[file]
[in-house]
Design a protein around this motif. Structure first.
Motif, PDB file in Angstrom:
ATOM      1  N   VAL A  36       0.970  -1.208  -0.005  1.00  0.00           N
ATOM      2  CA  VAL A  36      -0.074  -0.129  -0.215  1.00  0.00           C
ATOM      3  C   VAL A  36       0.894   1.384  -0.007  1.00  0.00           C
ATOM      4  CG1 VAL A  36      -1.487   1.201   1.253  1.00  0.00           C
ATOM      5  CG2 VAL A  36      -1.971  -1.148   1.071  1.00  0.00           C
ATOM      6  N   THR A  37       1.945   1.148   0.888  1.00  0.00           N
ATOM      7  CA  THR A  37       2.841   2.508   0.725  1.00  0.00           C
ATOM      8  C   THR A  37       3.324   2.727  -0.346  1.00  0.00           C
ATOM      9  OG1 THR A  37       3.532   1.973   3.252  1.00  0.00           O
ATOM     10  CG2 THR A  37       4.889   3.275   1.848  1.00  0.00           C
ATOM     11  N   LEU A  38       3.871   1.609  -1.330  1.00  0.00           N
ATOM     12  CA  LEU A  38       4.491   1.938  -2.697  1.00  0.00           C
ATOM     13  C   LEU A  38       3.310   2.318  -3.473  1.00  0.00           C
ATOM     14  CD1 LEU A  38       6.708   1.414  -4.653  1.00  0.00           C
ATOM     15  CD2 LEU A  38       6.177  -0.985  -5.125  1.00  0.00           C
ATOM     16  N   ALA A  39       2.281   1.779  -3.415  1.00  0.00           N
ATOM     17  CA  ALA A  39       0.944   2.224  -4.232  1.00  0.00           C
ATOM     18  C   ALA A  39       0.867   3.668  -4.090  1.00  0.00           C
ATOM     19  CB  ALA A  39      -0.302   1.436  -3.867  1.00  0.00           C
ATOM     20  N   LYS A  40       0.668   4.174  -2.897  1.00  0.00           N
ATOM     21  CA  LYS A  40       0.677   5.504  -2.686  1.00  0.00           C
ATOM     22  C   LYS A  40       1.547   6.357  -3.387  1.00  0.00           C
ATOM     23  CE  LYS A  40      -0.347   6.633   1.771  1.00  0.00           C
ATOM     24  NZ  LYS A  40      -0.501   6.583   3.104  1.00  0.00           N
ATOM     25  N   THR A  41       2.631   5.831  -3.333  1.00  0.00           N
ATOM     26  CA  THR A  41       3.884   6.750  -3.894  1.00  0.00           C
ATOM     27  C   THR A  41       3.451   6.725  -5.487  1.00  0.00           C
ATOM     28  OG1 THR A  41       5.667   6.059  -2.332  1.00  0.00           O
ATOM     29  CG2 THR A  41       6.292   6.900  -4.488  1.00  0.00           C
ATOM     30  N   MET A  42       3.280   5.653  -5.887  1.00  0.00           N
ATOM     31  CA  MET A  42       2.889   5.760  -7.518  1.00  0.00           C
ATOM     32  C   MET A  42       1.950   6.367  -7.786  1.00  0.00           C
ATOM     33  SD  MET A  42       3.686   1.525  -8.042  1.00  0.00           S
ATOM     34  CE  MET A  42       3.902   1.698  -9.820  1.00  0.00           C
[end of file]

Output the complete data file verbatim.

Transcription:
[in-house]
Design a protein around this motif. Structure first.
Motif, PDB file in Angstrom:
ATOM      1  N   VAL A  36       0.970  -1.208  -0.005  1.00  0.00           N
ATOM      2  CA  VAL A  36      -0.074  -0.129  -0.215  1.00  0.00           C
ATOM      3  C   VAL A  36       0.894   1.384  -0.007  1.00  0.00           C
ATOM      4  CG1 VAL A  36      -1.487   1.201   1.253  1.00  0.00           C
ATOM      5  CG2 VAL A  36      -1.971  -1.148   1.071  1.00  0.00           C
ATOM      6  N   THR A  37       1.945   1.148   0.888  1.00  0.00           N
ATOM      7  CA  THR A  37       2.841   2.508   0.725  1.00  0.00           C
ATOM      8  C   THR A  37       3.324   2.727  -0.346  1.00  0.00           C
ATOM      9  OG1 THR A  37       3.532   1.973   3.252  1.00  0.00           O
ATOM     10  CG2 THR A  37       4.889   3.275   1.848  1.00  0.00           C
ATOM     11  N   LEU A  38       3.871   1.609  -1.330  1.00  0.00           N
ATOM     12  CA  LEU A  38       4.491   1.938  -2.697  1.00  0.00           C
ATOM     13  C   LEU A  38       3.310   2.318  -3.473  1.00  0.00           C
ATOM     14  CD1 LEU A  38       6.708   1.414  -4.653  1.00  0.00           C
ATOM     15  CD2 LEU A  38       6.177  -0.985  -5.125  1.00  0.00           C
ATOM     16  N   ALA A  39       2.281   1.779  -3.415  1.00  0.00           N
ATOM     17  CA  ALA A  39       0.944   2.224  -4.232  1.00  0.00           C
ATOM     18  C   ALA A  39       0.867   3.668  -4.090  1.00  0.00           C
ATOM     19  CB  ALA A  39      -0.302   1.436  -3.867  1.00  0.00           C
ATOM     20  N   LYS A  40       0.668   4.174  -2.897  1.00  0.00           N
ATOM     21  CA  LYS A  40       0.677   5.504  -2.686  1.00  0.00           C
ATOM     22  C   LYS A  40       1.547   6.357  -3.387  1.00  0.00           C
ATOM     23  CE  LYS A  40      -0.347   6.633   1.771  1.00  0.00           C
ATOM     24  NZ  LYS A  40      -0.501   6.583   3.104  1.00  0.00           N
ATOM     25  N   THR A  41       2.631   5.831  -3.333  1.00  0.00           N
ATOM     26  CA  THR A  41       3.884   6.750  -3.894  1.00  0.00           C
ATOM     27  C   THR A  41       3.451   6.725  -5.487  1.00  0.00           C
ATOM     28  OG1 THR A  41       5.667   6.059  -2.332  1.00  0.00           O
ATOM     29  CG2 THR A  41       6.292   6.900  -4.488  1.00  0.00           C
ATOM     30  N   MET A  42       3.280   5.653  -5.887  1.00  0.00           N
ATOM     31  CA  MET A  42       2.889   5.760  -7.518  1.00  0.00           C
ATOM     32  C   MET A  42       1.950   6.367  -7.786  1.00  0.00           C
ATOM     33  SD  MET A  42       3.686   1.525  -8.042  1.00  0.00           S
ATOM     34  CE  MET A  42       3.902   1.698  -9.820  1.00  0.00           C